Distance between a point and a m-dimensional space in n-dimensional space ($m<n$)

I am trying to find a method with a low computational cost to compute the distance of a point $P$ and a space $S$ that is defined by the origin $O$ and $m$ vectors $v_1, v_2, …, v_m$ in an $n$-dimensional space ($m<n$). The vectors are not restricted by any means other than that they are not 0. Furthermore, I would like to identify the point in $S$ that is closest to $P$.

This calculation is part of a ‘fitting function’ for a machine learning problem and thus has to be executed rather often and should be fast. The input to the function is as defined above, $P$ and $v_1, v_2, …, v_m$. This is just for context and I am happy for a mathematical solution and can of course do the implementation myself.

Thanks in advance and please let me know if I need to specify anything in more detail.

Solutions Collecting From Web of "Distance between a point and a m-dimensional space in n-dimensional space ($m<n$)"

I think the most efficient way is to compute projection $\mathrm{Pr}_L(p)$ of vector $p$ on linear subspace $L$ spanned by vectors $v_1,\ldots,v_m$ and the find length of the vector $p-\mathrm{Pr}_L(p)$. Using modified Gramm-Schmidt orthogonalization process you can find orthogonal basis of $L$, call it $\{e_1,\ldots,e_m\}$ and then compute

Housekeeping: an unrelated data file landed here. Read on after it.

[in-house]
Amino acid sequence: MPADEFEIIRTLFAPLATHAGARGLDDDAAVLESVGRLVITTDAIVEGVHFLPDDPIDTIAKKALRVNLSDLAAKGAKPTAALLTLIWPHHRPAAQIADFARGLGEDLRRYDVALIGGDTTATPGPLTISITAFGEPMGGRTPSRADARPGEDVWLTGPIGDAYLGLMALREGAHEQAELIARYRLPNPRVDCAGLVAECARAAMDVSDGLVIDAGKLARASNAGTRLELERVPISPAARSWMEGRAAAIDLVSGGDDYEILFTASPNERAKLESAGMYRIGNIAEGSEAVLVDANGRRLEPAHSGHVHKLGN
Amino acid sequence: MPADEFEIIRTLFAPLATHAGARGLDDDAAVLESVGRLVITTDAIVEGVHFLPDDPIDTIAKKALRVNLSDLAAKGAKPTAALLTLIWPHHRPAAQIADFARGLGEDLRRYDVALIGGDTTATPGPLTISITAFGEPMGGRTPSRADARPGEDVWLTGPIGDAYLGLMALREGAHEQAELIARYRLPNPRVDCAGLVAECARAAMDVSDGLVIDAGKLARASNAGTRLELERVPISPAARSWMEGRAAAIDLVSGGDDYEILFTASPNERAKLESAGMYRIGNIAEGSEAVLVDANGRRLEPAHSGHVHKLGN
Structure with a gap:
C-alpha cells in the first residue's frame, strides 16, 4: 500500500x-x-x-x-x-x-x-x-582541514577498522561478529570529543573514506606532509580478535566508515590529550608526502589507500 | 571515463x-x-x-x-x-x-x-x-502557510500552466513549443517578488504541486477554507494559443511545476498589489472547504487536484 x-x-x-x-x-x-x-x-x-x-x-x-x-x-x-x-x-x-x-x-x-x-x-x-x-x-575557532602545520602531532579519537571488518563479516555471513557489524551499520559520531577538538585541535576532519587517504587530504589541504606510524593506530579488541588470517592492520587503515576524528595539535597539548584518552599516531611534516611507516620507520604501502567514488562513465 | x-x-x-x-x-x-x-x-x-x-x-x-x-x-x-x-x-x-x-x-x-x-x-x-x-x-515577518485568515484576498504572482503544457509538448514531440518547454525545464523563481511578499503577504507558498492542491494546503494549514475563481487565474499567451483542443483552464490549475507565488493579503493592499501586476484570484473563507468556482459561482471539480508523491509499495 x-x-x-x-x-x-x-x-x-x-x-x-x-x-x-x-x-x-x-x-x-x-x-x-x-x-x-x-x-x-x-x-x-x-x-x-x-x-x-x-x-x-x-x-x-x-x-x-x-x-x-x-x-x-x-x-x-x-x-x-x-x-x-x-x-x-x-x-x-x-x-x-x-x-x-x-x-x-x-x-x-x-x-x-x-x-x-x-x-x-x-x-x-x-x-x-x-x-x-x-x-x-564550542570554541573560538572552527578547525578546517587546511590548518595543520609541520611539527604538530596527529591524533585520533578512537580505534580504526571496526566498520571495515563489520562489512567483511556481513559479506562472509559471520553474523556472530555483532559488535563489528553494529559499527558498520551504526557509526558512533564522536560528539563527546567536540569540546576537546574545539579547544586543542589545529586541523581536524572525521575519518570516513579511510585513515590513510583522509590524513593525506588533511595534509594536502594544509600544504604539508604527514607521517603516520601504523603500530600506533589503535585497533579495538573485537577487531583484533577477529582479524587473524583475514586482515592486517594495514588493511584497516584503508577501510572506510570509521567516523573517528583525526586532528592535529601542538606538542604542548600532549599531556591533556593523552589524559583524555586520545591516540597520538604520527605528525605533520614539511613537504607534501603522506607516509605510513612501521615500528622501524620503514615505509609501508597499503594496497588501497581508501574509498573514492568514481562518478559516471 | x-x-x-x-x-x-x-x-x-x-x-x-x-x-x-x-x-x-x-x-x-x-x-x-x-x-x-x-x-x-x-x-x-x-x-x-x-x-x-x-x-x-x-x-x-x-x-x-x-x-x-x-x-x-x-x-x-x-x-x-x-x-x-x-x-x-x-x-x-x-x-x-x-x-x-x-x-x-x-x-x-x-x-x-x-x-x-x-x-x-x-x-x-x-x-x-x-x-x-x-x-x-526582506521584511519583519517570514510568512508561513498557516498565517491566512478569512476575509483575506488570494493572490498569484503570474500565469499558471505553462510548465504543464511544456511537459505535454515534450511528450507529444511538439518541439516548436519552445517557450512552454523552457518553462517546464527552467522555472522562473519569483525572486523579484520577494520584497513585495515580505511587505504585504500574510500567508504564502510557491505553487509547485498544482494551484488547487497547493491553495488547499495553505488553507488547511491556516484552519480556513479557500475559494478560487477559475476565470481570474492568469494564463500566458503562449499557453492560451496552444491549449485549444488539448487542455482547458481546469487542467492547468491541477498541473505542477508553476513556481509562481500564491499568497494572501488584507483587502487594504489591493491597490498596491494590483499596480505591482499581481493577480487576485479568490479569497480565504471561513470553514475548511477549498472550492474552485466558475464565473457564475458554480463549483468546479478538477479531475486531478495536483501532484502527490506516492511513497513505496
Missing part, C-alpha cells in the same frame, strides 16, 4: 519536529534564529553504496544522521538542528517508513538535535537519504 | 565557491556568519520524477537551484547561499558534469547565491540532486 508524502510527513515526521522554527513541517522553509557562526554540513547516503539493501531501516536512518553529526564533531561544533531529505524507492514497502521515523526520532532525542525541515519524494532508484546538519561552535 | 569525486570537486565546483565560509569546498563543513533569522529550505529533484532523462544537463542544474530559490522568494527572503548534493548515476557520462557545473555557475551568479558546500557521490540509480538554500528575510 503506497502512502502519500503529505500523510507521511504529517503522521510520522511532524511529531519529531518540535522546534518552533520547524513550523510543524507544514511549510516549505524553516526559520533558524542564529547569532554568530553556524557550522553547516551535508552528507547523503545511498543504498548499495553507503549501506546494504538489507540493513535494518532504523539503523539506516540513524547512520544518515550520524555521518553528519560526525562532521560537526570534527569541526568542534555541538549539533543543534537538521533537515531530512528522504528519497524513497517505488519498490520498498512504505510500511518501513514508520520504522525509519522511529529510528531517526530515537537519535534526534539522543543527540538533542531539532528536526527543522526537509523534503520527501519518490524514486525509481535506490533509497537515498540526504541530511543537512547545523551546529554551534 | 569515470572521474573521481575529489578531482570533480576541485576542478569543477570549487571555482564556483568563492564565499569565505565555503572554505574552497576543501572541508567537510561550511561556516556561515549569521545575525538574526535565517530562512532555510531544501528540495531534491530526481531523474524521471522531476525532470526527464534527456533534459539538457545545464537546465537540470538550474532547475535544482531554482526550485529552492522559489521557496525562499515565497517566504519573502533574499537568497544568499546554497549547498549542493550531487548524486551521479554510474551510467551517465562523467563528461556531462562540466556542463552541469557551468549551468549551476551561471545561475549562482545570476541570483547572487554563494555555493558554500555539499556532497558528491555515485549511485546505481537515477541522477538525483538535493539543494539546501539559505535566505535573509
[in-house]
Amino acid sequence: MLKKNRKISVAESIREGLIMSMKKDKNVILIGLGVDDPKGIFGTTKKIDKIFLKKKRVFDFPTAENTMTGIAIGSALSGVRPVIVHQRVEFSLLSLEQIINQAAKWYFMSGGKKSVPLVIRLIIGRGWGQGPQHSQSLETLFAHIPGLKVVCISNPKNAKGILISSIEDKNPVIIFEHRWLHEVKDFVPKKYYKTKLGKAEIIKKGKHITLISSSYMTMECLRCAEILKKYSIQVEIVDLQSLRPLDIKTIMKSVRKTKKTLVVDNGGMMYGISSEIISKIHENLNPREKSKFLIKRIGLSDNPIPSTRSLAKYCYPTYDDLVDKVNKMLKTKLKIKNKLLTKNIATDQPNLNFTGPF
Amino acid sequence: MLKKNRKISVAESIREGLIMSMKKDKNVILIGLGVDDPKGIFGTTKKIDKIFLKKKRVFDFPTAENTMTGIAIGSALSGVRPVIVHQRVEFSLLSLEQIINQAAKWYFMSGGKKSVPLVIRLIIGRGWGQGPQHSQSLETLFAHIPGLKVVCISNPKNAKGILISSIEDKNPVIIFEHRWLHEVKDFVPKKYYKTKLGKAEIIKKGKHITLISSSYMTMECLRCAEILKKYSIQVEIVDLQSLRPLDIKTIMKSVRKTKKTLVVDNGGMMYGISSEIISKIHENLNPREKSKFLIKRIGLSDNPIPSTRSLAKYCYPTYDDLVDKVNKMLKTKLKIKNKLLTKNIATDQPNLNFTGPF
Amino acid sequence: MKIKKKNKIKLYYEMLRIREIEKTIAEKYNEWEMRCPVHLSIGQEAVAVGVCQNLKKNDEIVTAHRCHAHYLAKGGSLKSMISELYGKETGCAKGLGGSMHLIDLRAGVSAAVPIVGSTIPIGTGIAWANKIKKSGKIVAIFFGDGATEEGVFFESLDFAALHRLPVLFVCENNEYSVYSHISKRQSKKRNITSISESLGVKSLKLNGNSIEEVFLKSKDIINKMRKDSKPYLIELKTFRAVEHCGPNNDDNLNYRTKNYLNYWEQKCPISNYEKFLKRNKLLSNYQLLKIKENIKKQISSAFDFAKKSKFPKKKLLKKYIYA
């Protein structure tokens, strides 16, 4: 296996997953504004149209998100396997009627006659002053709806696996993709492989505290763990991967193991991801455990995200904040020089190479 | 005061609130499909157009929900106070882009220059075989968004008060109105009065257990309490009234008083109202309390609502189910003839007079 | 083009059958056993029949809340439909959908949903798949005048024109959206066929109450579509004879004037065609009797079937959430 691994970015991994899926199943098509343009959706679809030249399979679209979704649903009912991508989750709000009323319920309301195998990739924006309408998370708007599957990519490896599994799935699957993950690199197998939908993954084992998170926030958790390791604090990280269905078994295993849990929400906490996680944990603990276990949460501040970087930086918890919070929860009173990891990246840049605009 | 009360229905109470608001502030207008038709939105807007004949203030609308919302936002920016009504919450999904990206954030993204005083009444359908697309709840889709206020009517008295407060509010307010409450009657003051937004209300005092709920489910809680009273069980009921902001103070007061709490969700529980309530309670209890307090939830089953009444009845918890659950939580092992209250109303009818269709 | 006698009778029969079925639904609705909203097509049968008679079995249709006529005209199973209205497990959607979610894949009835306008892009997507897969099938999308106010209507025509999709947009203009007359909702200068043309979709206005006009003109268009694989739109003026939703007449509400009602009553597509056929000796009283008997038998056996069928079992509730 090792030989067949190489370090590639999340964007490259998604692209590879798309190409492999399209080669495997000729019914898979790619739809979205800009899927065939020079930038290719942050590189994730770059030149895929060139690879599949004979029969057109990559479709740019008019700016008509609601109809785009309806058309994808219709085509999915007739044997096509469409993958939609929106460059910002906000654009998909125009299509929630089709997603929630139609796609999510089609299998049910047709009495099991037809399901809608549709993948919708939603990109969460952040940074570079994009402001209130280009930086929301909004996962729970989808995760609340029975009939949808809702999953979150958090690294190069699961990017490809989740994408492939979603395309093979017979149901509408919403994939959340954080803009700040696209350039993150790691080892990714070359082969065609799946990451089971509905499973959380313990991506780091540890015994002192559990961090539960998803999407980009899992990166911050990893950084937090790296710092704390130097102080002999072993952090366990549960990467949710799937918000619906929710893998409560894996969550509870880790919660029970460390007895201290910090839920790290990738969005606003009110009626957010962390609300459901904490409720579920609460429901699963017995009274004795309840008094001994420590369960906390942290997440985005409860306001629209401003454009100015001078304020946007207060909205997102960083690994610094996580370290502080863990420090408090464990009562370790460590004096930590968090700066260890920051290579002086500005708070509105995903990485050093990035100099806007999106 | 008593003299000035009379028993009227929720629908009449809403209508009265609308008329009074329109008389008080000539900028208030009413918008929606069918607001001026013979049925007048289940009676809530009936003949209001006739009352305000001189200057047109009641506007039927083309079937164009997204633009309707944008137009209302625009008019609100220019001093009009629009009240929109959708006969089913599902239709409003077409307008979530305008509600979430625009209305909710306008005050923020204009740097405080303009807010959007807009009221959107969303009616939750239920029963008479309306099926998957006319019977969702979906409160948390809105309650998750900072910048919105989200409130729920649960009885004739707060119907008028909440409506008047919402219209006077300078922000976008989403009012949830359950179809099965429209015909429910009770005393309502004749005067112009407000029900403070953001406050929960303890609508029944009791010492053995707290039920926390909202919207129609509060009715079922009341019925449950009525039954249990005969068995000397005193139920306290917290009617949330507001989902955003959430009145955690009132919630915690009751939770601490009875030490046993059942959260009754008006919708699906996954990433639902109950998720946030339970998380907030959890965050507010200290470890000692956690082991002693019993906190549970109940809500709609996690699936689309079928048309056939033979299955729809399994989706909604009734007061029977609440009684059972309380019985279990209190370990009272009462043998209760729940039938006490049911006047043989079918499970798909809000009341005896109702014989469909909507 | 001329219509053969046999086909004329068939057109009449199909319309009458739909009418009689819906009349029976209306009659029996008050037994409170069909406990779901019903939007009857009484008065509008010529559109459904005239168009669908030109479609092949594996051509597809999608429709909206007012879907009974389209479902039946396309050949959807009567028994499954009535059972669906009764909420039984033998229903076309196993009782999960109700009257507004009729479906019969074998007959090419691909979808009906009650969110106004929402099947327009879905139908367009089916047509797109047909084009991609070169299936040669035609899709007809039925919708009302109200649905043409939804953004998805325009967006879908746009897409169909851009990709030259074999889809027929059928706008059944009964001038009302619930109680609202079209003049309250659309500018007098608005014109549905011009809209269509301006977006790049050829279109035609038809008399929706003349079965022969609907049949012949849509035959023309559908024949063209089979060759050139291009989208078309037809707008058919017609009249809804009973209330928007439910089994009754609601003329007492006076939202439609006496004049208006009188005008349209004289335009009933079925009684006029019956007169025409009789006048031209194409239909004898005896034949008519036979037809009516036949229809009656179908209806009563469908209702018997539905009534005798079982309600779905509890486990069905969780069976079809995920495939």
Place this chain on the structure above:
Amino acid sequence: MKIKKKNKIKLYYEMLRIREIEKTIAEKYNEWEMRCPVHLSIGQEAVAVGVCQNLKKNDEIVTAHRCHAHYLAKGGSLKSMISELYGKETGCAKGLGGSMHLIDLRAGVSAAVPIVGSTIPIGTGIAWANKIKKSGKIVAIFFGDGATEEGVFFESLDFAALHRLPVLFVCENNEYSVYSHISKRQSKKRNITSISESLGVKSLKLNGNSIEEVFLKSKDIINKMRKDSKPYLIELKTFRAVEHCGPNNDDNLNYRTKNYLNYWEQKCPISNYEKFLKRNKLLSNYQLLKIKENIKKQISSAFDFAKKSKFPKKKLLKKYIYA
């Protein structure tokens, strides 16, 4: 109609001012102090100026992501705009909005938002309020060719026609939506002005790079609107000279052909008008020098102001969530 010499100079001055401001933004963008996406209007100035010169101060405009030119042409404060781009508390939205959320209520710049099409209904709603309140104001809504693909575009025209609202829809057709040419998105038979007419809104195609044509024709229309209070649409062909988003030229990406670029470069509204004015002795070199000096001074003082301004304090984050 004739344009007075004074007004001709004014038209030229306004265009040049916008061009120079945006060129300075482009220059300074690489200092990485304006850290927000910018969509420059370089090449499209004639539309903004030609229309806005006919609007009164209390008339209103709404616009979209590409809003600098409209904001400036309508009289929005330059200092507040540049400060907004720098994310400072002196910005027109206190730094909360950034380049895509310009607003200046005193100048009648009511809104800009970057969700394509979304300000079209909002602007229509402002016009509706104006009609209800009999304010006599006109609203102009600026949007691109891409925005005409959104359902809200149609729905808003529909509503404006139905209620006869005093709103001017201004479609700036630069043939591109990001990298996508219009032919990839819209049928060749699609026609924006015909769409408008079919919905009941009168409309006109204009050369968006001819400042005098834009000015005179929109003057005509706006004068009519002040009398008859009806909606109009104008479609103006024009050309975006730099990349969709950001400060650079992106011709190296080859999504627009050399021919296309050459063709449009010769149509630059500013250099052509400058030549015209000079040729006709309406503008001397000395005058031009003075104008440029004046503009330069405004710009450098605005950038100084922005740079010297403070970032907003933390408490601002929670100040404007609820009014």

\mathrm{Pr}_L(p)=\sum\limits_{i=1}^m \langle p,e_i\rangle e_i
The desired distance is
d(p,L)=\left\Vert p-\sum\limits_{i=1}^m \langle p,e_i\rangle e_i\right\Vert

There is an elegant but useless for your purposes formula of the distance $d(p,L)$ from point $p\in\mathbb{R}^n$ to linear subspace $L$ spanned by vectors $v_1,\ldots, v_m$. It can be found by the formula
\langle v_1,v_1 \rangle & \ldots & \langle v_1,v_k \rangle\\
\ldots & \ldots & \ldots\\
\langle v_k,v_1 \rangle & \ldots & \langle v_k,v_k \rangle
is a Gram determinant.

I’ll assume that you’re talking about Euclidean distance and that everything that’s given is given in terms of Cartesian coordinates in the $n$-dimensional space.

Let $A$ be the matrix whose columns are your vectors $V_i$, and let $b$ be the vector of coordinates of $p$. Then you’re looking for a vector $x$ of $m$ coefficients such that $\|Ax-b\|\to\min$.

There are various methods for finding this $x$: you can

  • solve the normal equations;
  • perform a QR decomposition of A, either using Gram-Schmidt or Householder reflections;
  • use the Moore–Penrose pseudoinverse, determined by singular value decomposition.

Which of these is best may depend on your requirements for speed and accuracy. If your vectors may be linearly dependent or nearly so, I believe the last option is the most numerically stable, whereas otherwise solving the normal equations should be good enough and probably quickest. How best to proceed may also depend on whether $A$ and $b$ are different in each application, or whether you need to find $x$ for many $b$ with the same $A$.